Genesis 1:9-10, Yom Shlishi: The Yom of Yam to Yum
[This is the third in a series about Creation week, specifically, how each day corresponds to progress men and women as they work out their salvations. Almighty God could have made everything in a brief instant, but instead chose to create our heavens and earth by a deliberate, methodical process. These posts will hopefully show that fruitfulness brought to the physical earth is a foreshadowing of God’s ultimate plan to bring men to the same success.]
- On Yom Echad– the First Day- I learned God’s Word is the true light, and how to separate it from “darkness”, which is everything that tries to overcome truth.
- On Yom Sheni– the Second Day- I learned that I have excesses like the earth had excess water. God not only “circumcises” my excess but teaches me how to rely on Heaven, like the earth relies on heaven.
Yom Shlishi-The Third Day
God said, “Let the waters under the sky be gathered together to one place, and let the dry land appear;” and it was so. God called the dry land “earth”, and the gathering together of the waters he called “seas”. God saw that it was good… (Genesis 1:9-10)
On the second day (Yom Sheni) God establishes several processes which set up the appearance of dry ground on Yom Shlishi, the Third Day. No one knows the exact mechanics, but I assume gravitational fields created as a by-product of shamayim (sky) with the removal of enough excess water allowed for an appropriate “sea level” for life on Earth. [Sidenote: I also assume that terrarium atmosphere contained more water than today; therefore, the sea levels were much lower in Pre-Flood times.] The literal dividends of heavenly and earthly waters allowed something “good” on Yom Shlishi, which is the separation of land (Heb. eretz) from a gathering of waters God names “sea” (Heb. yam).
Interesting is that this “gathering” is not a normal recession time. Considering Day Three begins completely covered in water, we find a parallel in the flood story of Noach (Noah), as his world was also covered in water. However, it took ten months for dry land (the tops of mountains) to appear to Noach (ref. Gen. 8:1-5), but just one day for God. This shows how badly God wanted to separate land from water- he hurried water to its place. After all, this separation was called “good”, implying that the status quo of water covering the earth was unacceptable.
After this God clothes the naked earth:
…God said, “Let the earth yield grass, herbs yielding seeds, and fruit trees bearing fruit after their kind, with their seeds in it, on the earth;” and it was so. The earth yielded grass, herbs yielding seed after their kind, and trees bearing fruit, with their seeds in it, after their kind; and God saw that it was good. There was evening and there was morning, a third day. (Genesis 1:11-13)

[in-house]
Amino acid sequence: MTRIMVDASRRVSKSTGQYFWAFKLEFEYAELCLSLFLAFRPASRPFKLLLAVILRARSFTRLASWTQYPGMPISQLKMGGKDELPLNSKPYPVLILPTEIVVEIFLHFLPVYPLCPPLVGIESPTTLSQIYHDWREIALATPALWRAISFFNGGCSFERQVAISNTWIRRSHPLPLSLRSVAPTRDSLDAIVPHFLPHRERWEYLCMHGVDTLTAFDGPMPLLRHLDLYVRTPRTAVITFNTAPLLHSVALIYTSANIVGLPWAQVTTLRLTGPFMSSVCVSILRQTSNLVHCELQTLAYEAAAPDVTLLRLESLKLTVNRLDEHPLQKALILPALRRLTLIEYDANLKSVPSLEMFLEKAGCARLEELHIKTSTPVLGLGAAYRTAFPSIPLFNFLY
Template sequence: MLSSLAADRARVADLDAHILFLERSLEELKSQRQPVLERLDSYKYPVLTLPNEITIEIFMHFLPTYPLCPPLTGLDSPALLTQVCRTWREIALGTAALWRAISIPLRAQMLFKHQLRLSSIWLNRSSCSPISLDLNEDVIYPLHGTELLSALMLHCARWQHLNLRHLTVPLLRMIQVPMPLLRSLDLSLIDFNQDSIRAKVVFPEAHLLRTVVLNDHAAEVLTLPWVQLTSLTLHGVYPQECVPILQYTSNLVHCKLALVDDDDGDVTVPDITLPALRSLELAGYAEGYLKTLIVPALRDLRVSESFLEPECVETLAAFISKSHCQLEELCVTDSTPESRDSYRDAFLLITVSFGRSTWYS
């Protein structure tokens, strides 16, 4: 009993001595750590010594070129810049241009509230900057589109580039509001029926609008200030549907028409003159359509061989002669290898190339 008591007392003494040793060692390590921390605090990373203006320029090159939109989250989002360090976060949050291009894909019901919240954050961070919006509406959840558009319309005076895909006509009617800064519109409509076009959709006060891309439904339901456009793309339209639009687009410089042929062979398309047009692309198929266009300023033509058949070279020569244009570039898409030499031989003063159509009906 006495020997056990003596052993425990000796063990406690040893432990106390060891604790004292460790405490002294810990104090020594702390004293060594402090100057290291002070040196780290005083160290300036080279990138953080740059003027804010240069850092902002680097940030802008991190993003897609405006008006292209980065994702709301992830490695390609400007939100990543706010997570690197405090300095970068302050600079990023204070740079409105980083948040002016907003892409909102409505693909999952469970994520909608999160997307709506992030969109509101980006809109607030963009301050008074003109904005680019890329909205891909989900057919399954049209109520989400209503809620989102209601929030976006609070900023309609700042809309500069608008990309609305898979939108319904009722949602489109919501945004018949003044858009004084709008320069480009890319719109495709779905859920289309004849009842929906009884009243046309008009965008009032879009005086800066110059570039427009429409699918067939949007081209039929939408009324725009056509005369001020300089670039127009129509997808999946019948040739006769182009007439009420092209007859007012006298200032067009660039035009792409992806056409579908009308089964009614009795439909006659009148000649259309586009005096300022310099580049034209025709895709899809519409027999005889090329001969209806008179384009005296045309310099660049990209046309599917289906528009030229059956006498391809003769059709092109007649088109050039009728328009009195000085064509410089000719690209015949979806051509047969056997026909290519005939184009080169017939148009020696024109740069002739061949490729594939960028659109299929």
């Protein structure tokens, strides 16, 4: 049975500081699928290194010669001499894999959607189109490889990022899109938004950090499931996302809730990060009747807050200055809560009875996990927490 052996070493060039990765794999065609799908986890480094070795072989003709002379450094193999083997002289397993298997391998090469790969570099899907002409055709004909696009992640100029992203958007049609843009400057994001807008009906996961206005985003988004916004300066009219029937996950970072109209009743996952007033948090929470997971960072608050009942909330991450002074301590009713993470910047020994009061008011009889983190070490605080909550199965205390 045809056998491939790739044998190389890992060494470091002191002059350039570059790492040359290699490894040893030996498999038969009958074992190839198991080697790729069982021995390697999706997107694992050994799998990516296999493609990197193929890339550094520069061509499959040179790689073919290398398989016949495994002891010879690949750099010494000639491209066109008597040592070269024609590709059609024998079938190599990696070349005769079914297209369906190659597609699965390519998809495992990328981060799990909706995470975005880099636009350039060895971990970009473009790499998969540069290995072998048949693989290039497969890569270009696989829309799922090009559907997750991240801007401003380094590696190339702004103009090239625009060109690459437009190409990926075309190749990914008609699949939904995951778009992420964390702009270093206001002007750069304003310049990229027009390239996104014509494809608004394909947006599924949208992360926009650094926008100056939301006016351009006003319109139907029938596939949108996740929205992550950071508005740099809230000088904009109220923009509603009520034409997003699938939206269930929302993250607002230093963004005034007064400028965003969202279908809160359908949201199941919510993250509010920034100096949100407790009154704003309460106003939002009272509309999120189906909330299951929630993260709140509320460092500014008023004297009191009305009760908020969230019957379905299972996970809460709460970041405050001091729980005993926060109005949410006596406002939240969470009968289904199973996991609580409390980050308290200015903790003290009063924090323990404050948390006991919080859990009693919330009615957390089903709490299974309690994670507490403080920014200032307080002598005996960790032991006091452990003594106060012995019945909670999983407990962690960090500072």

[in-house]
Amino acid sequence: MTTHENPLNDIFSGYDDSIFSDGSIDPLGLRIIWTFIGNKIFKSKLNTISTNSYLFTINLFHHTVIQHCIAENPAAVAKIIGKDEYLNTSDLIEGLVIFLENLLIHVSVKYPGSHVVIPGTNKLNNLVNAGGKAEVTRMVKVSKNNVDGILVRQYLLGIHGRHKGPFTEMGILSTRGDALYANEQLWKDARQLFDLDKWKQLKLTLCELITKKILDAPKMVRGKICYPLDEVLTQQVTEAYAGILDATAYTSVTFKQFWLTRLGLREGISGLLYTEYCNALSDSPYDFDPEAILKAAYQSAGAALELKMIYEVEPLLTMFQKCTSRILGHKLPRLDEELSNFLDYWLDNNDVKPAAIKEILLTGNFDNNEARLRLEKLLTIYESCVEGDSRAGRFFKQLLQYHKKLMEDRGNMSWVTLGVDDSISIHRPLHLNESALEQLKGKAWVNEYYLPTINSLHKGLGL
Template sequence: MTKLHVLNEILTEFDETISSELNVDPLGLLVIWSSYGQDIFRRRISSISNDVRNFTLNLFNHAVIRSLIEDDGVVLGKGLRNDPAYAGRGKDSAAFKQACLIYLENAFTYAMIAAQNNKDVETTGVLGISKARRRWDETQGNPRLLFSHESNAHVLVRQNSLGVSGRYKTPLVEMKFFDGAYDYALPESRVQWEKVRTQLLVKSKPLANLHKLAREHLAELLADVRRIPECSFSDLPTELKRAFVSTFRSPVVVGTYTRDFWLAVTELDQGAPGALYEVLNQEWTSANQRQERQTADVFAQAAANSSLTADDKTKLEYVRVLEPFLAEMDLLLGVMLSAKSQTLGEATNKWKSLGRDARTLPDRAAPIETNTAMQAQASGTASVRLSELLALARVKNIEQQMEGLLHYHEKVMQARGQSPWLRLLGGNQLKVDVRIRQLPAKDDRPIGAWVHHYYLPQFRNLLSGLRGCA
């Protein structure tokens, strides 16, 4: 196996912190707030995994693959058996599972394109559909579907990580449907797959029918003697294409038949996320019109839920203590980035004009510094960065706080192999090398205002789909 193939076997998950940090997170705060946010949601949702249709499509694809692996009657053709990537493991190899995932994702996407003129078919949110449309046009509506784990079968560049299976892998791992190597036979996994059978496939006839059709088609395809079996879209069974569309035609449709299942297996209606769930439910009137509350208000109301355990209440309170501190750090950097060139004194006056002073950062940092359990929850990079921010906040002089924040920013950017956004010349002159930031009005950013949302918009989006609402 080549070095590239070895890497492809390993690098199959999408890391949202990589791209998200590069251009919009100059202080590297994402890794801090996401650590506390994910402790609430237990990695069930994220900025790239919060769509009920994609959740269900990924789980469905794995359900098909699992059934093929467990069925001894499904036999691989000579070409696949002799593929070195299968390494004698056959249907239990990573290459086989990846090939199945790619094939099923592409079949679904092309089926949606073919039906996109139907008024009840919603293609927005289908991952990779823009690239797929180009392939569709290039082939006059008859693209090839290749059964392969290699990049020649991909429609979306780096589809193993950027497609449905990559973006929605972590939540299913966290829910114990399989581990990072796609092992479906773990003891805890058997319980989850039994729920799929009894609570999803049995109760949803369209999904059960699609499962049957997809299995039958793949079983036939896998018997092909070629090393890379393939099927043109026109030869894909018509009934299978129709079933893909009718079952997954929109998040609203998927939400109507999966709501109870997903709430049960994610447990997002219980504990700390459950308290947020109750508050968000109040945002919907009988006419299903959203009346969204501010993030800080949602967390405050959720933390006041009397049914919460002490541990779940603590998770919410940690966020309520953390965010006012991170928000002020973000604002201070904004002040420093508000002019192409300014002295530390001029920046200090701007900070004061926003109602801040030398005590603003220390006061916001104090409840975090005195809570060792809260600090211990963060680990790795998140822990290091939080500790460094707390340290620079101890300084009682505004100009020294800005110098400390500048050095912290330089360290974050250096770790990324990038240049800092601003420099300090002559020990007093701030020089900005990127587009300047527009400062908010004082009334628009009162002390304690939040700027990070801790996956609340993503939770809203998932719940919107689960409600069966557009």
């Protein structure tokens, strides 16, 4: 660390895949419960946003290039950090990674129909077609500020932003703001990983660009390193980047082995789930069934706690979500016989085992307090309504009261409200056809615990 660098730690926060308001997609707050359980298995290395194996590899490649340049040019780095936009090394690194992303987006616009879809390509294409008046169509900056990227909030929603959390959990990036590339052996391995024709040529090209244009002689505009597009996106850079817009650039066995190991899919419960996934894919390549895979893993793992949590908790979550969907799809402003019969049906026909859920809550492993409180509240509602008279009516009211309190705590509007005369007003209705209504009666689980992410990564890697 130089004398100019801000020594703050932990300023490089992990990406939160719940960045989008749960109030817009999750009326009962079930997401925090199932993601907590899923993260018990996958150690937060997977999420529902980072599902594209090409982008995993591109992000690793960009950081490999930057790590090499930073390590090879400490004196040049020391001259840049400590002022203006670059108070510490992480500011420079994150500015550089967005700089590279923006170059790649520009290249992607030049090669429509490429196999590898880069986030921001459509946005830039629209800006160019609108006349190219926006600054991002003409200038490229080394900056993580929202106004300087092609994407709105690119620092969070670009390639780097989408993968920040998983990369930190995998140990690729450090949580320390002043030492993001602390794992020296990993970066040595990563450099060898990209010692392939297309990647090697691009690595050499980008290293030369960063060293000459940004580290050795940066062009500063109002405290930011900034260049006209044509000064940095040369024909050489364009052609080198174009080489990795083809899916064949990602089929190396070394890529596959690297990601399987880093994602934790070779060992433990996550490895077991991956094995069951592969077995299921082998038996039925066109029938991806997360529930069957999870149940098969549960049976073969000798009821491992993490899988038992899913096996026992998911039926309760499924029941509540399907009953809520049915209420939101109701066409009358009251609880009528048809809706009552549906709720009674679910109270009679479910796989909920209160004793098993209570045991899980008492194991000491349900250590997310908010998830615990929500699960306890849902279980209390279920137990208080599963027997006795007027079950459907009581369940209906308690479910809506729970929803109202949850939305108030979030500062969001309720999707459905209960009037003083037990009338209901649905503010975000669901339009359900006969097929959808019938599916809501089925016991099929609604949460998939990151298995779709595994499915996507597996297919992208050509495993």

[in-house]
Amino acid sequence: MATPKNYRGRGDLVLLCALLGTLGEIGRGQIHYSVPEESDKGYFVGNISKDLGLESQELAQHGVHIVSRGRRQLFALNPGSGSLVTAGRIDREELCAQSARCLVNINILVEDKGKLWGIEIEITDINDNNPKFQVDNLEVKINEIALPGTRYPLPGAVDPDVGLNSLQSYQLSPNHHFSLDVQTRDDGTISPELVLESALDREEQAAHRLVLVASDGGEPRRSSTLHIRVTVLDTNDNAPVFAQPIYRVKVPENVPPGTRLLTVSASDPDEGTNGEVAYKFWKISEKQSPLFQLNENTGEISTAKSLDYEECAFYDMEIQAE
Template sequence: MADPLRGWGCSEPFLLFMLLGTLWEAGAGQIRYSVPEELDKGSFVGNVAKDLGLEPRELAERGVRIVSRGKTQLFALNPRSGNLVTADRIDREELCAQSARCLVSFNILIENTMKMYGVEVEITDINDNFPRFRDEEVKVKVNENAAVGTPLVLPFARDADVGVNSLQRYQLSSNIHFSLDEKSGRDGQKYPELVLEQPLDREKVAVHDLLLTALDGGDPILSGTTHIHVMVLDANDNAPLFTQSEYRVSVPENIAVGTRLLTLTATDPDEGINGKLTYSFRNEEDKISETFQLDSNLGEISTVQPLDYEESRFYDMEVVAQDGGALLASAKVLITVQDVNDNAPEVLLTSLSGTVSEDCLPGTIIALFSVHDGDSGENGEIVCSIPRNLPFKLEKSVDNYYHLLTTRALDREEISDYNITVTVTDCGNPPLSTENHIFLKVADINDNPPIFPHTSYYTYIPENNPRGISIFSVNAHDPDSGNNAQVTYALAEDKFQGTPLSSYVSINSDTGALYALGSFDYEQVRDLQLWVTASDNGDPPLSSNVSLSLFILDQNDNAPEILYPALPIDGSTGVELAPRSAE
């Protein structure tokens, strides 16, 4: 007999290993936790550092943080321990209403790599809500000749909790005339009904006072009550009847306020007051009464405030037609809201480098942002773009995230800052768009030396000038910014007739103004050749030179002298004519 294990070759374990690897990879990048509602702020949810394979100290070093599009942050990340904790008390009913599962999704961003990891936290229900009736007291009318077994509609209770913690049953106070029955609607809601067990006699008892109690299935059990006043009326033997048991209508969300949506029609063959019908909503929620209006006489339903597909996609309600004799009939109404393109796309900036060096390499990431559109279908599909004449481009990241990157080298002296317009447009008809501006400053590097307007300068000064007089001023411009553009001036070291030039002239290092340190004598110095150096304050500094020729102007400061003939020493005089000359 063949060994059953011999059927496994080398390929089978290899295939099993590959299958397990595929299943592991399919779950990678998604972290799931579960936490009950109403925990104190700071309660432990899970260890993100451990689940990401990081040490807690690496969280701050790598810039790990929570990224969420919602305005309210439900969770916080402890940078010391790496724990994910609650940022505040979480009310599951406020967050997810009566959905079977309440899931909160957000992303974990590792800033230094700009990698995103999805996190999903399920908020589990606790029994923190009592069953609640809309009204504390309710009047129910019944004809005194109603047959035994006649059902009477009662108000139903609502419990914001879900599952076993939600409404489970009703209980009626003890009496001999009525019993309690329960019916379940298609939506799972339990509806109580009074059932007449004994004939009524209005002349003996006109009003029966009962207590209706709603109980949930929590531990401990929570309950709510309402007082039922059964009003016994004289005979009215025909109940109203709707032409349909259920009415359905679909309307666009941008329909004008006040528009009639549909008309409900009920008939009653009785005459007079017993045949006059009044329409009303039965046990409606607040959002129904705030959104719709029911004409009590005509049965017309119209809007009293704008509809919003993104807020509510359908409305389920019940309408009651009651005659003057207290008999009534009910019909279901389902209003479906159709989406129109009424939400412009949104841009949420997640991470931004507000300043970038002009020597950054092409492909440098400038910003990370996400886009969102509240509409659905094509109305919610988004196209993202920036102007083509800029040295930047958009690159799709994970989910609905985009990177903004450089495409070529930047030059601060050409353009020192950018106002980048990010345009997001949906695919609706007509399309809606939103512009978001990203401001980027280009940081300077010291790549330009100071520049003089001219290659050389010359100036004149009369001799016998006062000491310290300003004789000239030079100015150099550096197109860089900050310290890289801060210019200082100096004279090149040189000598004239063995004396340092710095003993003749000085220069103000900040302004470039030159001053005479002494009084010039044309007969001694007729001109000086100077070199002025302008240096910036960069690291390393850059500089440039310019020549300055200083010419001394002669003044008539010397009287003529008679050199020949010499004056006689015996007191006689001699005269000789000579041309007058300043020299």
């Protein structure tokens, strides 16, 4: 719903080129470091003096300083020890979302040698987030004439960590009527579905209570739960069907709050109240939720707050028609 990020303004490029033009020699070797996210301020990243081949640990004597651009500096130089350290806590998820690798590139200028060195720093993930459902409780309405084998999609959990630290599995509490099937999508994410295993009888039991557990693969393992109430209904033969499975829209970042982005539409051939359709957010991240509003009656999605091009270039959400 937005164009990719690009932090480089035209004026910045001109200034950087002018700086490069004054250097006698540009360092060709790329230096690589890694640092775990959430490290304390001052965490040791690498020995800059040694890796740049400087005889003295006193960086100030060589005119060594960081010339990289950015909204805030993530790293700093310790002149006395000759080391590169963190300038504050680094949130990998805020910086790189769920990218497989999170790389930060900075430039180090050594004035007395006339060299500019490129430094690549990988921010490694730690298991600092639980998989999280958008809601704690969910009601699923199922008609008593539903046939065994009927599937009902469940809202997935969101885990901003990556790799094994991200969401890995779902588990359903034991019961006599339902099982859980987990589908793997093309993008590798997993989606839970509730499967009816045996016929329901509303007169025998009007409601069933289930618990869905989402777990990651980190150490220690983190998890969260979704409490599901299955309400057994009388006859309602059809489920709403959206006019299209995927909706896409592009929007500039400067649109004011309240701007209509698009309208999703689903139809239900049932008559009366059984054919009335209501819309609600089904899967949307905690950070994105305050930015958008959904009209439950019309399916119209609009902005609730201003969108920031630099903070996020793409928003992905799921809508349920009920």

The Scriptures list three distinct forms of vegetation, though there are several other plant classes and even kingdoms not mentioned (i.e. fungi, mosses, ferns). Once again, this is completely by design. Just like the rest of creation, everything that happened on Yom Shlishi could have been instantaneous, and apparently some of it was! The waters quickly vanished from dry ground; the trees speedily came forth from the earth and produced fruit and seed in just one day. This was a methodical process as all events listed are allegories for spiritual truths.
The Yom of “Yam to Yum”
As noted previously, the Second Day – Yom Sheni – is a metaphor for the painful process of learning humility and reliance on heaven above. Just as the earth lost its excess and has its limitations, young believers in YHVH’s kingdom go through trials to learn humility, patience, submitting to authority, and perhaps most importantly, how to rely on YHVH. Sometimes this is accompanied by great failures, stumbling, and trial, but if a man can just endure what Keefa (Peter) calls “suffering for a while” he can be settled in the next phase of his walk, even to bear “fruit”. Day Two was the circumcision of suffering, but Day Three is the time for joy.
As noted, Yom Shlishi begins with the gathering of yam (sea) far, far away from eretz (land). All of these terms contain biblical symbolism which helps solve greater mysteries. The yam describes multitudes of Gentiles (Isa. 5:30) and sometimes Israel when it acted “Gentile-like” but yam is almost always associated with vile and wicked actions. For example, the “sea” symbolizes where a “harlot” sits (Rev. 17:15), its associated with false prophecy (Lam. 2:13-14), and the roaring of the sea compares to the rage and wickedness of the nations (Psa. 65:7, 89:9-10, Isa. 17:12-14, 57:20-21). These are just a few examples but yam, when used as a metaphor, generally refers to the opposite of what God envisioned for Israel. Why? Because the allegorical picture of yam can be summed up in one word: water is unstable (Gen 49:4).